While Kate's appearance outside of the hospital was indeed inspiring (and maybe a bit jealousy-inducing), she did have a small postpartum bump after each of her three pregnancies, Hello! — and other news outlets — pointed out, making the idea of the Cambridges using a surrogate far-fetched. 

Prince Harry was the only one who could get away with pranking the queen

Not all of the pranks and hoaxes the royal family has faced have been dark. When Prince Harry was just a little munchkin, he was allegedly a huge trickster around the palace. Once, he managed to get his hands on Queen Elizabeth II's cell phone and recorded a new automated message. Karen Dolby wrote about the event in her book, "The Wicked Wit of the Royal Family," noting Harry's penchant for pranking people. The new message was, "Hey wassup? This is Liz." A curious recording for those looking to reach the Queen of England!

Former royal butler Paul Burrell told OK! magazine (via Marie Claire) that Harry was the only member of the family who could get away with pranking the queen. "I know the Queen very well and I know she's very fond of Harry," Burrell said. "As William would sit and have tea with her after school, Harry would come and put plastic flies in the sugar bowl! It was hilarious. Harry was the only one who could trick his granny."

Princess Diana had the same prankster spirit and Burrell said that she loved getting gag stocking stuffers. "She'd spend hours looking for jokey things for their stockings. One year, Harry got fake dog poo," he said, (via The Mirror). Harry was, of course, delighted with the gift and planned on using it on his grandmother, a plausible trick, since she has numerous corgis.

Errant social media posts reported the queen's death

In one of the more unusual hoaxes involving the royal family, social media in late 2021 went wild with the story that Queen Elizabeth II had died. Influencers claimed the palace was keeping her death a secret, planning to unveil the news at a strategic time. "Queen Elizabeth is actually already dead isn't she," someone said, (via Reuters). The queen had been in the hospital in late October 2021, per Us Weekly. "The Queen has reluctantly accepted medical advice to rest for the next few days," a statement from Buckingham Palace read. However, after one night in the hospital, she was back to work.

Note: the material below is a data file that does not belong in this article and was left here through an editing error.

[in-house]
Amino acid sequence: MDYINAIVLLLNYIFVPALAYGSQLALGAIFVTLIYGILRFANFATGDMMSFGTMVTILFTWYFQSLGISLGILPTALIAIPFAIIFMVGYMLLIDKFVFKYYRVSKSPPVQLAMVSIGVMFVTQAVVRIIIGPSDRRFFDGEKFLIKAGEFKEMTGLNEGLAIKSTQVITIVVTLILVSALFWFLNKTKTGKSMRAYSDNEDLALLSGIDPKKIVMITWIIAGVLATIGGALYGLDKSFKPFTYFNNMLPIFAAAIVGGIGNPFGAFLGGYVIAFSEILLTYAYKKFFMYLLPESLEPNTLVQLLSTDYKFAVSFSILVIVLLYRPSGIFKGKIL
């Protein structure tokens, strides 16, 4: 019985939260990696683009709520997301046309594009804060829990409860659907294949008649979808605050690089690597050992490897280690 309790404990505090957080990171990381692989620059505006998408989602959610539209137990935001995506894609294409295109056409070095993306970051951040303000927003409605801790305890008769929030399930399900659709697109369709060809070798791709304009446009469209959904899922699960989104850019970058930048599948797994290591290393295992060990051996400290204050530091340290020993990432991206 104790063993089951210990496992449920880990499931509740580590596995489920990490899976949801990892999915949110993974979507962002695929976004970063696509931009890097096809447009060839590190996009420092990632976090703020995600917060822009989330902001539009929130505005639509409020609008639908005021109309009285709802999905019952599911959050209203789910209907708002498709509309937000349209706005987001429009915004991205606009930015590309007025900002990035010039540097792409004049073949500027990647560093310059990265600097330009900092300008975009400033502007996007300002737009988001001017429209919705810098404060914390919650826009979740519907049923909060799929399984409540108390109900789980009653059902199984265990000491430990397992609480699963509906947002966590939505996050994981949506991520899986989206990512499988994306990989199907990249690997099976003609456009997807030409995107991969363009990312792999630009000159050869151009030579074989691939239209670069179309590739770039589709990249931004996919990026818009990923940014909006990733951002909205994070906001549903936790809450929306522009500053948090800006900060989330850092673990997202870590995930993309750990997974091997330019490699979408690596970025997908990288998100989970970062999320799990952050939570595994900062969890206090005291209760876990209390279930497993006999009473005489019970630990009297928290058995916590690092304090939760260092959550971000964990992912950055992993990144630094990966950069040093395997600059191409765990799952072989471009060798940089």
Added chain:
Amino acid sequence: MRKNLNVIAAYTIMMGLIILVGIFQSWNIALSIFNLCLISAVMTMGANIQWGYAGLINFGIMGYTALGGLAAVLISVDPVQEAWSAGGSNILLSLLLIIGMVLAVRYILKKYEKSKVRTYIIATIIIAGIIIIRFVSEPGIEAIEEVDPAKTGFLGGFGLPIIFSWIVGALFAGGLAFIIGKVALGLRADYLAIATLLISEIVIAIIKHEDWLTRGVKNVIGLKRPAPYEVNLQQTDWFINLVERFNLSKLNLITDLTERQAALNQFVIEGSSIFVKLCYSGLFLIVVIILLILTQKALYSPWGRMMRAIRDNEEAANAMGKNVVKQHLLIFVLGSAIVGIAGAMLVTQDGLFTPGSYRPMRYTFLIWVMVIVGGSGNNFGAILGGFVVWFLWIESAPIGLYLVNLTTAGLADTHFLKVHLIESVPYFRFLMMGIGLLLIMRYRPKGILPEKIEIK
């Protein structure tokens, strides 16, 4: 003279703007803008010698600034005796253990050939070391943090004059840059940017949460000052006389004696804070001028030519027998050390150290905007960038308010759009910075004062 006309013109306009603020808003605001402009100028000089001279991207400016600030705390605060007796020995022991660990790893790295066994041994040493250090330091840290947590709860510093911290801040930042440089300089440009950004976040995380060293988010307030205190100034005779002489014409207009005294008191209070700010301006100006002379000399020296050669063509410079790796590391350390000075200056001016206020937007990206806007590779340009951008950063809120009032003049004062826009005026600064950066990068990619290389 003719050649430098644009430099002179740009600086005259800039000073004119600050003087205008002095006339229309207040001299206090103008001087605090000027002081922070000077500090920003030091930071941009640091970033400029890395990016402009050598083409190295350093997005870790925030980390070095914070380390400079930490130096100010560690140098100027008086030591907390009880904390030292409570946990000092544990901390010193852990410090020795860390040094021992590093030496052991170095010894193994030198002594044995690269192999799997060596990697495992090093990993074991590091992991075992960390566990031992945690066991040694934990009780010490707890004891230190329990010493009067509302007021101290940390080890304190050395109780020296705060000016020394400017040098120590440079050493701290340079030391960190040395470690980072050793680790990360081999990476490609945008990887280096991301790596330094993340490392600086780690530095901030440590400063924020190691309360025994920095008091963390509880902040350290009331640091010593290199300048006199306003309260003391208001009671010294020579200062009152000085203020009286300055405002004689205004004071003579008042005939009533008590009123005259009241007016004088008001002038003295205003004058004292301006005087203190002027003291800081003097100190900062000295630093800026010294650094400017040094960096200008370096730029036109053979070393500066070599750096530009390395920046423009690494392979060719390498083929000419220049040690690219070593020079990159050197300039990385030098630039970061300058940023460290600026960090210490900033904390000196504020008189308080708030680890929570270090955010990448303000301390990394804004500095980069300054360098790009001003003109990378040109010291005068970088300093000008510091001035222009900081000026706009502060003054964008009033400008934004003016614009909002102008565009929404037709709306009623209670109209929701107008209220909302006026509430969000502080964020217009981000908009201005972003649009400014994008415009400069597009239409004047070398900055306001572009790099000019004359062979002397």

The phenomenon happened again in February 2022, when the Instagram account Hollywood Unlocked posted a statement that the queen had died, per USA Today. "Sources close to the Royal kingdom notified us exclusively that Queen Elizabeth has passed away," it read. The queen had previously tested positive for COVID-19 but, as the BBC reported, she was well enough to continue with "light duties" from home.

There is an entire operation in place for the unfortunate time when the queen does die, called Operation London Bridge, per USA Today. Her physician will inform her private secretary, Sir Edward Young, who will then inform the prime minister. Media around the world will receive the information at the same time. It certainly won't come from Instagram.

Rumors circulated social media that Prince Charles would never be king

Another widespread rumor surrounding the royal family was that the line of succession would jump from Queen Elizabeth II to Prince William, skipping Prince Charles entirely. A major underlying reason for those rumors was because Charles has consistently remained one of the most unpopular royals. There was, of course, the long-lasting loyalty to the late Princess Diana, exacerbated in recent years by media content such as "The Crown," which painted her as sympathetic figure, while Charles and Camilla Parker Bowles were the villains.

However, the anti-Charles sentiment has, perhaps, an even simpler reason. As The New Yorker pointed out, people simply don't like him. "In a 2016 poll, only a quarter of respondents said that they would like Charles to succeed the Queen, while more than half said they would prefer to see his son Prince William crowned instead," Zoë Heller wrote. To be fair, William and Kate Middleton have done nothing but create an image of perfect familial bliss, quite the opposite of Diana and Charles' relationship. 

Despite the lack of enthusiasm around Charles, though, the order of succession will almost certainly not jump over him. Charles needs to become king to renew the public's faith in the royal family. "Once you start allowing the popular will to determine who wears the crown, people are liable to wonder why anyone is wearing a crown in the first place," Heller pointed out. Therefore, Charles will no doubt become king.